The problem with shooting most 3D printed guns is that they tend to blow up. The extruded plastic components can’t take the strain caused by the expanding gasses of the powder charge, and so the gun delaminates and breaks apart. One enterprising young man from Pennsylvania thinks that he has the problem licked. His solution: specially-designed ammunition . . .
Michael Crumling, a 25-year-old machinist from York, Pennsylvania, has developed a round designed specifically to be fired from 3-D printed guns. His ammunition uses a thicker steel shell with a lead bullet inserted an inch inside, deep enough that the shell can contain the explosion of the round’s gunpowder instead of transferring that force to the plastic body or barrel of the gun. Crumling says that allows a home-printed firearm made from even the cheapest materials to be fired again and again without cracking or deformation. And while his design isn’t easily replicated because the rounds must be individually machined for now, it may represent another step towards durable, practical, printed guns—even semi-automatic ones.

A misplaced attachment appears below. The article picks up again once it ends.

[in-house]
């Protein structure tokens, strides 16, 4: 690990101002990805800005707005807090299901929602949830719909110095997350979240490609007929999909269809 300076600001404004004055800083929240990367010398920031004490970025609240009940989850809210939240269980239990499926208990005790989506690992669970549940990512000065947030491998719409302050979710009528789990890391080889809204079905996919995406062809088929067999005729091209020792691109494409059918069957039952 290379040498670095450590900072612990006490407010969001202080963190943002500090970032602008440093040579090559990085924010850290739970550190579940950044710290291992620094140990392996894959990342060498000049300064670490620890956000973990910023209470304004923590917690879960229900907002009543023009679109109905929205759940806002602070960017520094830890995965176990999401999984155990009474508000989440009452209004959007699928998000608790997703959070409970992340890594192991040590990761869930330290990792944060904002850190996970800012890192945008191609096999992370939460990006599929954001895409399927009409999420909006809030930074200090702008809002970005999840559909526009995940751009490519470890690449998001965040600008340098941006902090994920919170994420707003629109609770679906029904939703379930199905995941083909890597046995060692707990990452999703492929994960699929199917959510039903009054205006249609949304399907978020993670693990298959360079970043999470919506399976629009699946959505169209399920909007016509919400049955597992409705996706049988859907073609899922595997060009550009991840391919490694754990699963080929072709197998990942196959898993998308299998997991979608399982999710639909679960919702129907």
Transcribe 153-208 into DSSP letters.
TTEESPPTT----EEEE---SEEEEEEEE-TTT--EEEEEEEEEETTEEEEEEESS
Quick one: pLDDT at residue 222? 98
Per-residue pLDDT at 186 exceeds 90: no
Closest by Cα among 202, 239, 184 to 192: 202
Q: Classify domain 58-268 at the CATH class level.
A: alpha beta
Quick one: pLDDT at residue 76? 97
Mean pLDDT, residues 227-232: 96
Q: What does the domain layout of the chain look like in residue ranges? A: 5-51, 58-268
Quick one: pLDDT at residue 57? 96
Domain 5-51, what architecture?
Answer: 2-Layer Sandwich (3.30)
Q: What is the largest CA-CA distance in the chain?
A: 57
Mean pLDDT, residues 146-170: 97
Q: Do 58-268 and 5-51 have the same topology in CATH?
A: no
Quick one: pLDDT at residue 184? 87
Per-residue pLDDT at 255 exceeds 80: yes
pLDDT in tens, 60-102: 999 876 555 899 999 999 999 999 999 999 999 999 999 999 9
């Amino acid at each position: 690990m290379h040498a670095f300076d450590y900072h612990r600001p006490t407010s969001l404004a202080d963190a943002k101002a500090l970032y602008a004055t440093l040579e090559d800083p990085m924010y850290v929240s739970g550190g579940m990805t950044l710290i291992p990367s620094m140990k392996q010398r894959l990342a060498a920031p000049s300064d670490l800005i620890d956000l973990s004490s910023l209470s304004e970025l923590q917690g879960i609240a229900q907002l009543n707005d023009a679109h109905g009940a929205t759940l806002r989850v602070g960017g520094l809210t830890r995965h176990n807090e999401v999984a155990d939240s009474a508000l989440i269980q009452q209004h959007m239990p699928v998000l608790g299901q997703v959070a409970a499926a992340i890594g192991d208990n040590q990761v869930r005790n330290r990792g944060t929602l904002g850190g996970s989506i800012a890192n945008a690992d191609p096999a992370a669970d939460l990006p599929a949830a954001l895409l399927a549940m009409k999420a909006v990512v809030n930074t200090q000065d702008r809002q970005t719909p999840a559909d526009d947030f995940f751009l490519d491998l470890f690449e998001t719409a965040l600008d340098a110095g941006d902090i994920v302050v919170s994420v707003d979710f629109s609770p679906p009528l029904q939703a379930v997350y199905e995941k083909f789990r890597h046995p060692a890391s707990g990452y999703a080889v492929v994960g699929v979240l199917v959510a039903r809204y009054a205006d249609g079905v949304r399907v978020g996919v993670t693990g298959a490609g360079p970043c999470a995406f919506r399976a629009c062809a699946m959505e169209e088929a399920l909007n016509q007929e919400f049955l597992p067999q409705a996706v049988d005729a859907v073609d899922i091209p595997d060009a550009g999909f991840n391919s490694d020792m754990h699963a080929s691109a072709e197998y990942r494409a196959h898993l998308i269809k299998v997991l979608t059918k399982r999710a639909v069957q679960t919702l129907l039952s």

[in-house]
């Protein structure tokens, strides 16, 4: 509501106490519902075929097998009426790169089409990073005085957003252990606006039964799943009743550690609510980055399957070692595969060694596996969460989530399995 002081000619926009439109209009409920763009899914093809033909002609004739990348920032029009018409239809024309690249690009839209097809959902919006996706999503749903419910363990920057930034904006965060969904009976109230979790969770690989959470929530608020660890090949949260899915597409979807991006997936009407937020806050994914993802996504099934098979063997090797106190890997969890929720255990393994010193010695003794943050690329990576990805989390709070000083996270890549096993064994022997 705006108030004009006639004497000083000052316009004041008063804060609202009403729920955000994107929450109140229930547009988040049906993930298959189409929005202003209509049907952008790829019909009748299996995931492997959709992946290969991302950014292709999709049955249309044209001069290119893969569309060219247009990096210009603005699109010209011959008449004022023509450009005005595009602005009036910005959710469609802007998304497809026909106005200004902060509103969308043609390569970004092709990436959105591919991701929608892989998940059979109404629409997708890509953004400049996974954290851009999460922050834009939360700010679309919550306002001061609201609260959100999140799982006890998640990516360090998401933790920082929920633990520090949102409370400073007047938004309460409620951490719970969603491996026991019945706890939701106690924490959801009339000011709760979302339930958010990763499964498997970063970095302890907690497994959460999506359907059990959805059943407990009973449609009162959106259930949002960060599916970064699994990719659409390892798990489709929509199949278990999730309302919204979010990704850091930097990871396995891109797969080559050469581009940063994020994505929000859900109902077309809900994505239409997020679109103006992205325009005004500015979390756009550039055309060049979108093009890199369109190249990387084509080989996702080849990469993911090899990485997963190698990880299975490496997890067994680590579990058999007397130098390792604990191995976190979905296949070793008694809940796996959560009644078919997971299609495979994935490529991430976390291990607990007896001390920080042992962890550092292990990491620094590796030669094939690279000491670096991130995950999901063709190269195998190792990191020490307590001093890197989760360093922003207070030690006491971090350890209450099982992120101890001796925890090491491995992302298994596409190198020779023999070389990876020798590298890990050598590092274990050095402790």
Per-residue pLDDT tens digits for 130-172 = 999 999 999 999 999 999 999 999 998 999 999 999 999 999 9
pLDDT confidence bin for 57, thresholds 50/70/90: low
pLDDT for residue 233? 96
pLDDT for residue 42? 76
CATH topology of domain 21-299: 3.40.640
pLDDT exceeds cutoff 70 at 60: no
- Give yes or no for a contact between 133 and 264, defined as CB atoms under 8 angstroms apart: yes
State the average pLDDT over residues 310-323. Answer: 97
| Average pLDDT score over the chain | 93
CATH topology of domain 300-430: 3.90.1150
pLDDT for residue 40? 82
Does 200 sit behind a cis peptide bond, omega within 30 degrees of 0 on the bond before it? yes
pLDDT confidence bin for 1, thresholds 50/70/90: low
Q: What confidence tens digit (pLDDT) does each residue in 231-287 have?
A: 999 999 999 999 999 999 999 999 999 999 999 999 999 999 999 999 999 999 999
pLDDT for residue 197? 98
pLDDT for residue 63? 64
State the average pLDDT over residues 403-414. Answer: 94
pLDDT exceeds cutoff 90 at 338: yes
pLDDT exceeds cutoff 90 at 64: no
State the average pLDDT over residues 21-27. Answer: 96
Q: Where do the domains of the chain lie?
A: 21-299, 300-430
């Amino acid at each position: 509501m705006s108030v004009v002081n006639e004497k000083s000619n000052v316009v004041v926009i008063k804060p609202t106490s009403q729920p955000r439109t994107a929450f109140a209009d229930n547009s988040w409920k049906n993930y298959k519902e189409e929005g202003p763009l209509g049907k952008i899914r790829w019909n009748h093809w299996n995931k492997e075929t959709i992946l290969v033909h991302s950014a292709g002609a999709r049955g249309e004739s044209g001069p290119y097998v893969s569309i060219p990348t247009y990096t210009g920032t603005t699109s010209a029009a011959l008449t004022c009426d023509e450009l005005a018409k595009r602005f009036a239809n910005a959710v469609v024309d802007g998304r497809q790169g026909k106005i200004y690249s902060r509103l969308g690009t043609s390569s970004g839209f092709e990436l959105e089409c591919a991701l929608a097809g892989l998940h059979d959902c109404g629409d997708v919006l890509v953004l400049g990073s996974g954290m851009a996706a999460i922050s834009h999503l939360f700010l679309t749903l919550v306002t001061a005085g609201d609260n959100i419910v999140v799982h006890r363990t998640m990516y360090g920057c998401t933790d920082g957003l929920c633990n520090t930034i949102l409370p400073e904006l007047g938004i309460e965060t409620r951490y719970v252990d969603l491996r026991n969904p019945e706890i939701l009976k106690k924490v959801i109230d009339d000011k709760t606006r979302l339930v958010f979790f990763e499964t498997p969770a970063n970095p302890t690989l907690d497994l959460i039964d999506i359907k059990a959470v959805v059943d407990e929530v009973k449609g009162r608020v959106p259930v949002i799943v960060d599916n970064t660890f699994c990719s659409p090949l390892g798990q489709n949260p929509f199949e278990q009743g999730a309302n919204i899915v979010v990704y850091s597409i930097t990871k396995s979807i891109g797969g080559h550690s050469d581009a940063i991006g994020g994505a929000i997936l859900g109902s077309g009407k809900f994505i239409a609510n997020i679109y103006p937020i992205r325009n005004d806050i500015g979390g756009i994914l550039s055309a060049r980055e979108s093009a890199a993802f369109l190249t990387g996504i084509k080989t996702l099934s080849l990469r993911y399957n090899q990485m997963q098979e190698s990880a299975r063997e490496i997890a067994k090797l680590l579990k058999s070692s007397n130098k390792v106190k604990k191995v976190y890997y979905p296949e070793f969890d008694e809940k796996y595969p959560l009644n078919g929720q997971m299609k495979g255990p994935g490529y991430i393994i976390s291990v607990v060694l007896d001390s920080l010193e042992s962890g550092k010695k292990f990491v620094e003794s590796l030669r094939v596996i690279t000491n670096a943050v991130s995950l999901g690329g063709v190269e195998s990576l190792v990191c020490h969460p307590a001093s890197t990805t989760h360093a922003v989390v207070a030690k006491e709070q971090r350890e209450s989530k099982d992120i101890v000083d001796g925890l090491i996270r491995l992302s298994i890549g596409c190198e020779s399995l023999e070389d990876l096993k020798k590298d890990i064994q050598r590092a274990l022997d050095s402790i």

Michael’s brainstorm is to rely on the metal of the ammunition’s case to contain the gasses instead of the surrounding material of the gun’s chamber. It’s a nifty idea, and seems to solve most of the problems that plastic 3D-printed gun makers are facing with their designs.
Essentially the ammo becomes a self-contained unit capable of doing all the work of actually forcing the bullet forward. All the gun would have to do is aim the cartridge and set off the primer. Taken a step further, someone might start producing a round such as this with a longer case length and perhaps even some rifling, producing a drop-in chamber, barrel and projectile all in one package. That should make the ATF happy, no?
Life, uh, finds a way.